What is the shaman, the oracle in the AI machine, which becomes a new type of tool to connect humans and non-humans?Olivier Zeitoun, curator
But as Zeitoun says, the show progresses from post-war utopian projects to analysing how, in the era of the internet, “the network has become a synonym of invisibility, ubiquity, sometimes exclusion and most often the mercantile necessities of capitalism”. Works by Neïl Beloufa, Simon Denny and Mika Tajima “present themselves as a sort of social satire of what’s happening today”, he says. “There’s this very interesting tension between a critique of networks that will focus on this absurdity of the online experience and, at the same time, it gives poetic visions of this experience as a multitude, what it allows in terms of collective thoughts and feelings.” Tajima’s ongoing Human Synth project, for instance, uses live Twitter data to produce various artistic forms, in the current show a screen-based work with endlessly morphing coloured smoke. “There’s this collaboration between the artist, the developer [and] the scientist to work with these technologies that are the invisible infrastructures of this experience.”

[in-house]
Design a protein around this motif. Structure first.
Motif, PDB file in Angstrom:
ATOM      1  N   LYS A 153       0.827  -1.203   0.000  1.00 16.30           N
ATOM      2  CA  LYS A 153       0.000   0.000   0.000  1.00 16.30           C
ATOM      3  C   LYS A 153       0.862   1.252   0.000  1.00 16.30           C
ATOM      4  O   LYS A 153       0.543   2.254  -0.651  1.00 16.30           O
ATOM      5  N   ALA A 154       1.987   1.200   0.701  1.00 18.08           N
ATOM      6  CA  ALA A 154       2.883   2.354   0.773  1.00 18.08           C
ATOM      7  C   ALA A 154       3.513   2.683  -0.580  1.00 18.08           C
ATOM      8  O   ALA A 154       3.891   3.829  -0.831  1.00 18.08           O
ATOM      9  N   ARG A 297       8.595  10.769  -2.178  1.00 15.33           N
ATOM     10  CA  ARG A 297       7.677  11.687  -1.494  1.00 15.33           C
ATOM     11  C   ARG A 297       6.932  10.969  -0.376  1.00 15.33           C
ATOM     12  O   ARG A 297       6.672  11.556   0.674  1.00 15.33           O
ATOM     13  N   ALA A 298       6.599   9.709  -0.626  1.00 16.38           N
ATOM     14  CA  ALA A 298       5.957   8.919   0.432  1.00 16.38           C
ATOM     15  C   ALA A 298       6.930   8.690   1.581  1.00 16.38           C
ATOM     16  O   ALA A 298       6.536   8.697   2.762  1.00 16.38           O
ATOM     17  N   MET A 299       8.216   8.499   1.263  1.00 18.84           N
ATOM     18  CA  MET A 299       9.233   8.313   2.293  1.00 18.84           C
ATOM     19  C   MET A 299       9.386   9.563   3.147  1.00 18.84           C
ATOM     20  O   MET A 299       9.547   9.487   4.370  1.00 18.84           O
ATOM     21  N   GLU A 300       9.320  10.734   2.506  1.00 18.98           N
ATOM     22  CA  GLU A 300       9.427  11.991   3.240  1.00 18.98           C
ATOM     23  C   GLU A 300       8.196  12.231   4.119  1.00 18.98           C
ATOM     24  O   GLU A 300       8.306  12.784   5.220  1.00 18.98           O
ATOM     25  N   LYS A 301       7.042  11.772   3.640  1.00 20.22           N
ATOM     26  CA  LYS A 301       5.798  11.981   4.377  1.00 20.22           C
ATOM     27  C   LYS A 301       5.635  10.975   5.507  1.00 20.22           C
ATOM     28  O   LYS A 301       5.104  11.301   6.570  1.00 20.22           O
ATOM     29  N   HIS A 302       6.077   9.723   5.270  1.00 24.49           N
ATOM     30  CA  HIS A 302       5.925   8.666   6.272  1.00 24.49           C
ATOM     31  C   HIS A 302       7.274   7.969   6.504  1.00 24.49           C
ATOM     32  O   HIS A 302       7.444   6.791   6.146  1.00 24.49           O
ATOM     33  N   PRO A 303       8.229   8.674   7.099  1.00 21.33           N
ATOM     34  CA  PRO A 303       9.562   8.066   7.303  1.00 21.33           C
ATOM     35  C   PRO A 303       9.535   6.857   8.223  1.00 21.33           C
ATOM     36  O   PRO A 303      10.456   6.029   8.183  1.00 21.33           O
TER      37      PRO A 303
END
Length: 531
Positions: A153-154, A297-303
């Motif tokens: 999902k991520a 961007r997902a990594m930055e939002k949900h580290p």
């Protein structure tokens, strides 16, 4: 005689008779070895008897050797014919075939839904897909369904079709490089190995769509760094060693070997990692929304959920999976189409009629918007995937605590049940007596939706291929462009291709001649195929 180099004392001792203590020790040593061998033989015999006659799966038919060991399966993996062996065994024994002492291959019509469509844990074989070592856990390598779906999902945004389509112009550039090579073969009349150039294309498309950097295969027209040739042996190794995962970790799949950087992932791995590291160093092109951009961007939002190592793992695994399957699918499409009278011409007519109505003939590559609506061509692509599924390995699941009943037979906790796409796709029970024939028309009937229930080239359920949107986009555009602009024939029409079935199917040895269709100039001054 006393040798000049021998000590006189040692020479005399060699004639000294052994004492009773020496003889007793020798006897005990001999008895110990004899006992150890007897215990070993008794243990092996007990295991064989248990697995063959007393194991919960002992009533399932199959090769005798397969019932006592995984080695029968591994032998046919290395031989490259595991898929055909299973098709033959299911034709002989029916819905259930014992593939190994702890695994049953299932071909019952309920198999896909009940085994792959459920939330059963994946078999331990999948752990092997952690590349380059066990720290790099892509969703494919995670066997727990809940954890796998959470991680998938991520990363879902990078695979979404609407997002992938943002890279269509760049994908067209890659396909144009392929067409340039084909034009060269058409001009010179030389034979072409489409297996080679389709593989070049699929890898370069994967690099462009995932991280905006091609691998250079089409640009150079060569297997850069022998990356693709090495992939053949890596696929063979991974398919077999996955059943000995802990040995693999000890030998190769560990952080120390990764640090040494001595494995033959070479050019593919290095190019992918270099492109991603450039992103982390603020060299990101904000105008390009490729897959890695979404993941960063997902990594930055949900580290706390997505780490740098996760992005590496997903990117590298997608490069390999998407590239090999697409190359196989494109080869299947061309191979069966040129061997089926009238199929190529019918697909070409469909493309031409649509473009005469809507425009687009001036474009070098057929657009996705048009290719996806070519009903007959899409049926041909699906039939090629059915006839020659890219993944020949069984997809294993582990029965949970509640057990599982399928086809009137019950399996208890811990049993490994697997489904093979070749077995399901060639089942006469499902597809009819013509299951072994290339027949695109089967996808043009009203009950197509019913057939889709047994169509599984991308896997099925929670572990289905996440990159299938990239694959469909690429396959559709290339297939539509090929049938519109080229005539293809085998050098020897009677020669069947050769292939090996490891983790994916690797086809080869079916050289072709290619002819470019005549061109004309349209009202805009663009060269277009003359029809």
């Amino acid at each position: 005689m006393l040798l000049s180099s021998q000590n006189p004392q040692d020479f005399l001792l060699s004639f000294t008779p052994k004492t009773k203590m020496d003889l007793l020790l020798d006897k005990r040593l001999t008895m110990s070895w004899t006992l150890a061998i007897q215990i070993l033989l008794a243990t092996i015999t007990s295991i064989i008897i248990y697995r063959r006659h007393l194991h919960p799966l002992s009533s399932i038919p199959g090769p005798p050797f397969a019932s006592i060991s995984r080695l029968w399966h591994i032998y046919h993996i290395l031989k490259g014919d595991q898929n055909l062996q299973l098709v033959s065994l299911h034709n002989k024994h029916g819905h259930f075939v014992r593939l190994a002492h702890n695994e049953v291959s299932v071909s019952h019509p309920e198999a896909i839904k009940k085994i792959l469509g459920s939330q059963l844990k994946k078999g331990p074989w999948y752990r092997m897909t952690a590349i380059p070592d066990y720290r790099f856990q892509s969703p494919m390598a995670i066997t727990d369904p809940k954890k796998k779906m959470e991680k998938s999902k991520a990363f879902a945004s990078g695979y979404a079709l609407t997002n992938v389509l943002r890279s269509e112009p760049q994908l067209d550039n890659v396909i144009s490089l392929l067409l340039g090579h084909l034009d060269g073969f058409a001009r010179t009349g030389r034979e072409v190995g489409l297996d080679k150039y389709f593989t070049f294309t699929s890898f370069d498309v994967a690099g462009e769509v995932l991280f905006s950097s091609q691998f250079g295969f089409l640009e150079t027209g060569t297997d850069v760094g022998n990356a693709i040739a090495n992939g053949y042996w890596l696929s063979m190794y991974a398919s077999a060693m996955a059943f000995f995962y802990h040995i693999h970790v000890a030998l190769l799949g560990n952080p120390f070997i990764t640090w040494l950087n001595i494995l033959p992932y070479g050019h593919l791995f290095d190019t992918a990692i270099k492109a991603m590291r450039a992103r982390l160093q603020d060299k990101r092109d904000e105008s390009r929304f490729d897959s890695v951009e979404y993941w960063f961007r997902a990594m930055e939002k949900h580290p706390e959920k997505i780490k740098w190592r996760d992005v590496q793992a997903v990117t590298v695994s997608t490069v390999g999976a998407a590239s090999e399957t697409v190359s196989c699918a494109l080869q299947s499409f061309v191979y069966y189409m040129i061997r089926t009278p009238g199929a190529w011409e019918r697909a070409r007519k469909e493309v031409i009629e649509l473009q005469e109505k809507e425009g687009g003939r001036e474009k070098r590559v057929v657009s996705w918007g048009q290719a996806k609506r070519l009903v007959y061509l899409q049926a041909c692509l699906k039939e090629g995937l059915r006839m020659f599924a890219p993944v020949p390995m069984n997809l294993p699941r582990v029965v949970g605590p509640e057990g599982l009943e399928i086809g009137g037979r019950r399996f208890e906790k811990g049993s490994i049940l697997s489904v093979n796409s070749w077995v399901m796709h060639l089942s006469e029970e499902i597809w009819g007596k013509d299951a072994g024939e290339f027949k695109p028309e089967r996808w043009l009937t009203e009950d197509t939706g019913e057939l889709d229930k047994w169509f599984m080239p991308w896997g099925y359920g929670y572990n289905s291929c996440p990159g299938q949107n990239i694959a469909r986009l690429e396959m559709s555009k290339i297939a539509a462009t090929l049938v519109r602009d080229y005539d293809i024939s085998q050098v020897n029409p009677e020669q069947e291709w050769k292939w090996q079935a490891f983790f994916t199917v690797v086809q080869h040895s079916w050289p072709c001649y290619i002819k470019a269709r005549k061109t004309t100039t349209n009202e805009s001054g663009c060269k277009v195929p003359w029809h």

Ghost in the machine
A core element of the exhibition is the interface between humans and non-human entities (a cornerstone of Bruno Latour’s 1980s theories of the “actor-network”). Among the most interesting examples is the use of the unicellular slime mould physarum polycephalum in experiments by the architectural practice ecoLogicStudio and in works by Jenna Sutela, the Finnish artist. EcoLogicStudio are creating “an osmosis” between artificial intelligence (AI) and biology, Brayer says, by creating a new simulation programme based on the slime mould’s movement and then using AI “to develop a new protocol of urbanism”. And Zeitoun says that Sutela—whose interest in interspecies communication has also led to a work combining neural networks and Martian languages channelled by a 19th-century medium—is using the same connection between the organic and the virtual to ask: “What is the shaman, the oracle in the AI machine, which becomes a new type of tool to connect humans and non-humans, a new type of tool to create a random language that would be beyond human perception?”
It takes us back, Zeitoun says, to “the ghost in the machine” explored in Les Immatériaux, that multimedia presentation that so inspired Parreno and other creative practitioners in the 1980s—a phenomenon “that artists are still interrogating in new ways today”.
• Worlds of Networks, Centre Pompidou, Paris, until 25 April. Connecting Worlds, the 2022 Vertigo Forum symposium, is at Institut de Recherche et Coordination Acoustique/Musique (Ircam), Paris, 9-11 March